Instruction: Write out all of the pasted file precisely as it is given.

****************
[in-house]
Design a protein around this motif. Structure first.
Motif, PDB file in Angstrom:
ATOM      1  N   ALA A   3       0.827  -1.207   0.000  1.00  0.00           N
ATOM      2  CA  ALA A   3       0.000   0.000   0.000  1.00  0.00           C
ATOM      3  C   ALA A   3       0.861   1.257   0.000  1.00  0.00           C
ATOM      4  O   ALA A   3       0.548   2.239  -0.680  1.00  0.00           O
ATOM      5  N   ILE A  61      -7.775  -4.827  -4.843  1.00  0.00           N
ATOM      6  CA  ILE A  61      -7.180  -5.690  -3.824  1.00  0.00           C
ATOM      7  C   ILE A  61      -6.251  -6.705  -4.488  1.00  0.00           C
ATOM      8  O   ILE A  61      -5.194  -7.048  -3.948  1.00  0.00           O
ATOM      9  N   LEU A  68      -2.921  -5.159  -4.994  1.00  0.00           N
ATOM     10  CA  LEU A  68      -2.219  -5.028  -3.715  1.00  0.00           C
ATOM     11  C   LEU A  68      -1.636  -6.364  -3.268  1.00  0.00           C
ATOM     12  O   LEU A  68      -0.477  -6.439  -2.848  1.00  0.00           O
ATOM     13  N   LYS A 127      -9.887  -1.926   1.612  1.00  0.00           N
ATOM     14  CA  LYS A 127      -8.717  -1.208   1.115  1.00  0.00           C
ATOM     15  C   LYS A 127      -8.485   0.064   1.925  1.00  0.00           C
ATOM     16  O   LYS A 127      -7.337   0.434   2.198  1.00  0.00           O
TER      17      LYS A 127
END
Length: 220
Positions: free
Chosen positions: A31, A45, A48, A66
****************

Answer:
[in-house]
Design a protein around this motif. Structure first.
Motif, PDB file in Angstrom:
ATOM      1  N   ALA A   3       0.827  -1.207   0.000  1.00  0.00           N
ATOM      2  CA  ALA A   3       0.000   0.000   0.000  1.00  0.00           C
ATOM      3  C   ALA A   3       0.861   1.257   0.000  1.00  0.00           C
ATOM      4  O   ALA A   3       0.548   2.239  -0.680  1.00  0.00           O
ATOM      5  N   ILE A  61      -7.775  -4.827  -4.843  1.00  0.00           N
ATOM      6  CA  ILE A  61      -7.180  -5.690  -3.824  1.00  0.00           C
ATOM      7  C   ILE A  61      -6.251  -6.705  -4.488  1.00  0.00           C
ATOM      8  O   ILE A  61      -5.194  -7.048  -3.948  1.00  0.00           O
ATOM      9  N   LEU A  68      -2.921  -5.159  -4.994  1.00  0.00           N
ATOM     10  CA  LEU A  68      -2.219  -5.028  -3.715  1.00  0.00           C
ATOM     11  C   LEU A  68      -1.636  -6.364  -3.268  1.00  0.00           C
ATOM     12  O   LEU A  68      -0.477  -6.439  -2.848  1.00  0.00           O
ATOM     13  N   LYS A 127      -9.887  -1.926   1.612  1.00  0.00           N
ATOM     14  CA  LYS A 127      -8.717  -1.208   1.115  1.00  0.00           C
ATOM     15  C   LYS A 127      -8.485   0.064   1.925  1.00  0.00           C
ATOM     16  O   LYS A 127      -7.337   0.434   2.198  1.00  0.00           O
TER      17      LYS A 127
END
Length: 220
Positions: free
Chosen positions: A31, A45, A48, A66